Elotuzumab monotherapy in patients with smouldering multiple myeloma: a phase 2 study

Sundar Jagannath, Jacob Laubach, Ellice Wong, Keith Stockerl-Goldstein, Cara Rosenbaum, Madhav Dhodapkar, Ying Ming Jou, Mark Lynch, Michael Robbins, Suresh Shelat, Kenneth C. Anderson, Paul G. Richardson

Research output: Contribution to journalArticlepeer-review

32 Scopus citations


Smouldering multiple myeloma (SMM) is associated with increased risk of progression to multiple myeloma within 2 years, with no approved treatments. Elotuzumab has been shown to promote natural killer (NK) cell stimulation and antibody-dependent cellular cytotoxicity (ADCC) in vitro. CD56 dim (CD56 dim /CD16 + /CD3 /CD45 + ) NK cells represent the primary subset responsible for elotuzumab-induced ADCC. In this phase II, non-randomized study (NCT01441973), patients with SMM received elotuzumab 20 mg/kg intravenously (cycle 1: days 1, 8; monthly thereafter) or 10 mg/kg (cycles 1, 2: weekly; every 2 weeks thereafter). The primary endpoint was the relationship between baseline proportion of bone marrow-derived CD56 dim NK cells and maximal M protein reduction; secondary endpoints included overall response rate (ORR) and progression-free survival (PFS). Fifteen patients received 20 mg/kg and 16 received 10 mg/kg; combined data arepresented. At database lock (DBL, September 2014), no association was found between baseline CD56 dim NK cell proportion and maximal M protein reduction. With minimum 28 months' follow-up (DBL: January 2016), ORR (90% CI) was 10% (2·7–23·2) and 2-year PFS rate was 69% (52–81%). Upper respiratory tract infections occurred in 18/31 (58%) patients. Four (13%) patients experienced infusion reactions, all grade 1–2. Elotuzumab plus lenalidomide/dexamethasone is under investigation for SMM.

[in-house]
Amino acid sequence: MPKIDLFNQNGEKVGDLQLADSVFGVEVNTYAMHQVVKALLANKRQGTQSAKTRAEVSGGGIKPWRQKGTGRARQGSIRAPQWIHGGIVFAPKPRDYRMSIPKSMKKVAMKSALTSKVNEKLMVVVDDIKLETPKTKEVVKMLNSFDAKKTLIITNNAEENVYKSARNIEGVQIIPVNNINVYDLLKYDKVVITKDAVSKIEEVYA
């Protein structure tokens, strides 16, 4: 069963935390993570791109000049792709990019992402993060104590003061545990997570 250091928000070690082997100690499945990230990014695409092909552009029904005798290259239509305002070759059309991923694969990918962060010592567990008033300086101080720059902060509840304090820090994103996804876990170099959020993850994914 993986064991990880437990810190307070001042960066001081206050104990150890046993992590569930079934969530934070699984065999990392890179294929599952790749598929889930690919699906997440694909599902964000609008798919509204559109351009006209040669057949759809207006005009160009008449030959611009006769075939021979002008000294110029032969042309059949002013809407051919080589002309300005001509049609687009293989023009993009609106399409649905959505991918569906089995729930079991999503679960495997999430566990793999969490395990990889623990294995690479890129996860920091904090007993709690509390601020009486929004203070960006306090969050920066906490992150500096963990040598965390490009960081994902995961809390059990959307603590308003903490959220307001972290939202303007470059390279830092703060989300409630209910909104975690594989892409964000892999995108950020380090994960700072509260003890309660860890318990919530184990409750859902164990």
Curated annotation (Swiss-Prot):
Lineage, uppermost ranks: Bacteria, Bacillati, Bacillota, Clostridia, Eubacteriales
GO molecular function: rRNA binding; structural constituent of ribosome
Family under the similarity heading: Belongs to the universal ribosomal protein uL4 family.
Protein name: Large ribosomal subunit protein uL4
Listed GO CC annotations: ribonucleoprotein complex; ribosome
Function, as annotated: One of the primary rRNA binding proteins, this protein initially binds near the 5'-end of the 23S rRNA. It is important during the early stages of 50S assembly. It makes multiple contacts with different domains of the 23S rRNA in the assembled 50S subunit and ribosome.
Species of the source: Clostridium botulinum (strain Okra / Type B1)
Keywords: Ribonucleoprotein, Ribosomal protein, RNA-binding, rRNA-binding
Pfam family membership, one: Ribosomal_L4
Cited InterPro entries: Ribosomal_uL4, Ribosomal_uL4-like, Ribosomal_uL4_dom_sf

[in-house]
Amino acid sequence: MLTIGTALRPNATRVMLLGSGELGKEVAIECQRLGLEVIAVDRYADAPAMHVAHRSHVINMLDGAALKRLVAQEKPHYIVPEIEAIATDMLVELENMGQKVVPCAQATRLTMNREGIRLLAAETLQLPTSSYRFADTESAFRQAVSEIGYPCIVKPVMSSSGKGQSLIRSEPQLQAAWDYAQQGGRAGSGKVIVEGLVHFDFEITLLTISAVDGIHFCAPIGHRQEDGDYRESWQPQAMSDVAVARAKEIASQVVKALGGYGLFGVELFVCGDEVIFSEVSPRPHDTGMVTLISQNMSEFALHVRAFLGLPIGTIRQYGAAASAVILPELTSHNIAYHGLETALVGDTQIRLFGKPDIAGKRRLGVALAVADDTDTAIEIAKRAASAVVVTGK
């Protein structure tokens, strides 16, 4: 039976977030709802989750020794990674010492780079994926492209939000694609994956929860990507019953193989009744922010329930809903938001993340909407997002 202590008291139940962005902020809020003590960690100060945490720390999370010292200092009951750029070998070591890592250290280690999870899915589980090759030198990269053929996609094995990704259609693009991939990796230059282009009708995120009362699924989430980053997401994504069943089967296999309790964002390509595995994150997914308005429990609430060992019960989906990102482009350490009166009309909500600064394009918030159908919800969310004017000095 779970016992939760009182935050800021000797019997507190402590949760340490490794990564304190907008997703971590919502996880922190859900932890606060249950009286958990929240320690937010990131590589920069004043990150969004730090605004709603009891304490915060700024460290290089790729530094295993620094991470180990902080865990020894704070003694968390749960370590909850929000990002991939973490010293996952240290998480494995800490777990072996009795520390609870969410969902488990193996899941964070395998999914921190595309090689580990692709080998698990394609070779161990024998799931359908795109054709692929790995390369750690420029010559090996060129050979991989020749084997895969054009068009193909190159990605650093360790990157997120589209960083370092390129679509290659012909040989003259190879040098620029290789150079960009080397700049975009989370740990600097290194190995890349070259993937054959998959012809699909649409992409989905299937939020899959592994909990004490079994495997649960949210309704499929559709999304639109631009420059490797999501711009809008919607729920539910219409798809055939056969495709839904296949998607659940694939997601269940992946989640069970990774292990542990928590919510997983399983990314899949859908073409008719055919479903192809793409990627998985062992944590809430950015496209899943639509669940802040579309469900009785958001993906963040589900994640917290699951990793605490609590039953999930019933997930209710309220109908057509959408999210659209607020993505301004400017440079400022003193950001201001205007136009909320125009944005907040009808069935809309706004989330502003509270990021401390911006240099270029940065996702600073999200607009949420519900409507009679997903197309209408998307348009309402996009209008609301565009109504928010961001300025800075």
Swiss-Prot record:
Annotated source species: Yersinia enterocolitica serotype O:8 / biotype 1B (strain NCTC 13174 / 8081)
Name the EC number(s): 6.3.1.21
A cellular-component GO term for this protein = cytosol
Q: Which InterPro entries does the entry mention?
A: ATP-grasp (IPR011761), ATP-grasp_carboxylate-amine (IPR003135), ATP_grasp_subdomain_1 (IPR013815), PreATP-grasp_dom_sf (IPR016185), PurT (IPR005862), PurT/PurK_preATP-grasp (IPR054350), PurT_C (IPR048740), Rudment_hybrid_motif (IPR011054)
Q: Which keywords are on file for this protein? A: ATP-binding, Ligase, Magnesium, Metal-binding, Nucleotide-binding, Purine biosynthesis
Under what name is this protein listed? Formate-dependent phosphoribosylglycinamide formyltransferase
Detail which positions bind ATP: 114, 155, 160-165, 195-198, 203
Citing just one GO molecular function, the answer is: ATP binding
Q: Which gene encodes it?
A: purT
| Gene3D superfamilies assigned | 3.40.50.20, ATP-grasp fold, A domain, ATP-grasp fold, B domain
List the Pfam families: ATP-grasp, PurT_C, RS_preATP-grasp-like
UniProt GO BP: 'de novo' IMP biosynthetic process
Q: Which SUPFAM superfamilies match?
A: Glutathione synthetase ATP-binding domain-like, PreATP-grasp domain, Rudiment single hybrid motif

Original languageEnglish
Pages (from-to)495-503
Number of pages9
JournalBritish Journal of Haematology
Issue number4
StatePublished - Aug 2018


  • elotuzumab
  • monoclonal antibody
  • multiple myeloma
  • natural killer cells
  • smouldering multiple myeloma


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